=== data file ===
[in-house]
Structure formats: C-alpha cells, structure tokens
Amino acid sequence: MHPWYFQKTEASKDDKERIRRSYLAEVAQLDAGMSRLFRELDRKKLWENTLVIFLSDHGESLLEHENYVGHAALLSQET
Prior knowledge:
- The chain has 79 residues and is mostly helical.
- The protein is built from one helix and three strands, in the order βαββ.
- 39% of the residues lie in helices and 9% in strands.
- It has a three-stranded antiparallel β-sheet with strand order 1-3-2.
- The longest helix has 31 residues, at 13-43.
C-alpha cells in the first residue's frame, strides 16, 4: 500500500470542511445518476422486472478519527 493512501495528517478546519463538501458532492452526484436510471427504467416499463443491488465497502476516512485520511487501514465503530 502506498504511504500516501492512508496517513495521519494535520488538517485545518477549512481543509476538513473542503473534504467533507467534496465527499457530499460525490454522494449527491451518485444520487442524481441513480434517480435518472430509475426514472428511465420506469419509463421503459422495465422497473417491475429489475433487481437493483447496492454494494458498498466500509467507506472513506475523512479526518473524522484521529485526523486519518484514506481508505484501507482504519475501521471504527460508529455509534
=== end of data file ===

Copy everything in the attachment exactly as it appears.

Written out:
[in-house]
Structure formats: C-alpha cells, structure tokens
Amino acid sequence: MHPWYFQKTEASKDDKERIRRSYLAEVAQLDAGMSRLFRELDRKKLWENTLVIFLSDHGESLLEHENYVGHAALLSQET
Prior knowledge:
- The chain has 79 residues and is mostly helical.
- The protein is built from one helix and three strands, in the order βαββ.
- 39% of the residues lie in helices and 9% in strands.
- It has a three-stranded antiparallel β-sheet with strand order 1-3-2.
- The longest helix has 31 residues, at 13-43.
C-alpha cells in the first residue's frame, strides 16, 4: 500500500470542511445518476422486472478519527 493512501495528517478546519463538501458532492452526484436510471427504467416499463443491488465497502476516512485520511487501514465503530 502506498504511504500516501492512508496517513495521519494535520488538517485545518477549512481543509476538513473542503473534504467533507467534496465527499457530499460525490454522494449527491451518485444520487442524481441513480434517480435518472430509475426514472428511465420506469419509463421503459422495465422497473417491475429489475433487481437493483447496492454494494458498498466500509467507506472513506475523512479526518473524522484521529485526523486519518484514506481508505484501507482504519475501521471504527460508529455509534